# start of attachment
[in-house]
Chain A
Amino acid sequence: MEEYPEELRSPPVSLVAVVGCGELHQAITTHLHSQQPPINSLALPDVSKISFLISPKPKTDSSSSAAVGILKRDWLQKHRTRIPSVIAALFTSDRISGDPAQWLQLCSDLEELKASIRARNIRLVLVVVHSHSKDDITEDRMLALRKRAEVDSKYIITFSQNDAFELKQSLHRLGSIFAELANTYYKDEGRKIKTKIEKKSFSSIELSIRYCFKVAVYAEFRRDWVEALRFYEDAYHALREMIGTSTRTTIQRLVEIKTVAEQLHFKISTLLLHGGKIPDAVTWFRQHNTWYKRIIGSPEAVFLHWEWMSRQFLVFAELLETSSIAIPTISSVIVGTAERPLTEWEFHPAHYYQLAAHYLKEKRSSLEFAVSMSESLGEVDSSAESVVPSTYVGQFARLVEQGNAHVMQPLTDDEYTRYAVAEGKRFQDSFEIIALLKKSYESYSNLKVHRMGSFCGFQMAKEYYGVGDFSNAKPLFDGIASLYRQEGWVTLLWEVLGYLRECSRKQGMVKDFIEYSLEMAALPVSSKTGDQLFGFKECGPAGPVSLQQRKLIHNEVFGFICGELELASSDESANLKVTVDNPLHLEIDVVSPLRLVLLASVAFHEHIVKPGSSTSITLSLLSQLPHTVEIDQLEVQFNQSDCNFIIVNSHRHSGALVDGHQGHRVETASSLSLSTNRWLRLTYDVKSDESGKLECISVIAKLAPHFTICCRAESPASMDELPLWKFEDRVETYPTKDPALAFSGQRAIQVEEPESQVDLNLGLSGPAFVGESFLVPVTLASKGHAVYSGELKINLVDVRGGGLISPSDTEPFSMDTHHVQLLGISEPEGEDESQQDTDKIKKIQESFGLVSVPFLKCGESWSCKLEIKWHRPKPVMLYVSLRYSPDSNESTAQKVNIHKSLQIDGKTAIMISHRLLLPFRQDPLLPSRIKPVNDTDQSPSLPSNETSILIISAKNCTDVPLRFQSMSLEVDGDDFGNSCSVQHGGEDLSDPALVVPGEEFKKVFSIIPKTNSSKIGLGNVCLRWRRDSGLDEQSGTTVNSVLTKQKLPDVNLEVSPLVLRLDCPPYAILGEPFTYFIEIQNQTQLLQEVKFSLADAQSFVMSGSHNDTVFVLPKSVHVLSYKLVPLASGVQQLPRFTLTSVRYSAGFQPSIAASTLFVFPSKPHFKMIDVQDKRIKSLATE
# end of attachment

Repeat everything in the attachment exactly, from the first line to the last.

[in-house]
Chain A
Amino acid sequence: MEEYPEELRSPPVSLVAVVGCGELHQAITTHLHSQQPPINSLALPDVSKISFLISPKPKTDSSSSAAVGILKRDWLQKHRTRIPSVIAALFTSDRISGDPAQWLQLCSDLEELKASIRARNIRLVLVVVHSHSKDDITEDRMLALRKRAEVDSKYIITFSQNDAFELKQSLHRLGSIFAELANTYYKDEGRKIKTKIEKKSFSSIELSIRYCFKVAVYAEFRRDWVEALRFYEDAYHALREMIGTSTRTTIQRLVEIKTVAEQLHFKISTLLLHGGKIPDAVTWFRQHNTWYKRIIGSPEAVFLHWEWMSRQFLVFAELLETSSIAIPTISSVIVGTAERPLTEWEFHPAHYYQLAAHYLKEKRSSLEFAVSMSESLGEVDSSAESVVPSTYVGQFARLVEQGNAHVMQPLTDDEYTRYAVAEGKRFQDSFEIIALLKKSYESYSNLKVHRMGSFCGFQMAKEYYGVGDFSNAKPLFDGIASLYRQEGWVTLLWEVLGYLRECSRKQGMVKDFIEYSLEMAALPVSSKTGDQLFGFKECGPAGPVSLQQRKLIHNEVFGFICGELELASSDESANLKVTVDNPLHLEIDVVSPLRLVLLASVAFHEHIVKPGSSTSITLSLLSQLPHTVEIDQLEVQFNQSDCNFIIVNSHRHSGALVDGHQGHRVETASSLSLSTNRWLRLTYDVKSDESGKLECISVIAKLAPHFTICCRAESPASMDELPLWKFEDRVETYPTKDPALAFSGQRAIQVEEPESQVDLNLGLSGPAFVGESFLVPVTLASKGHAVYSGELKINLVDVRGGGLISPSDTEPFSMDTHHVQLLGISEPEGEDESQQDTDKIKKIQESFGLVSVPFLKCGESWSCKLEIKWHRPKPVMLYVSLRYSPDSNESTAQKVNIHKSLQIDGKTAIMISHRLLLPFRQDPLLPSRIKPVNDTDQSPSLPSNETSILIISAKNCTDVPLRFQSMSLEVDGDDFGNSCSVQHGGEDLSDPALVVPGEEFKKVFSIIPKTNSSKIGLGNVCLRWRRDSGLDEQSGTTVNSVLTKQKLPDVNLEVSPLVLRLDCPPYAILGEPFTYFIEIQNQTQLLQEVKFSLADAQSFVMSGSHNDTVFVLPKSVHVLSYKLVPLASGVQQLPRFTLTSVRYSAGFQPSIAASTLFVFPSKPHFKMIDVQDKRIKSLATE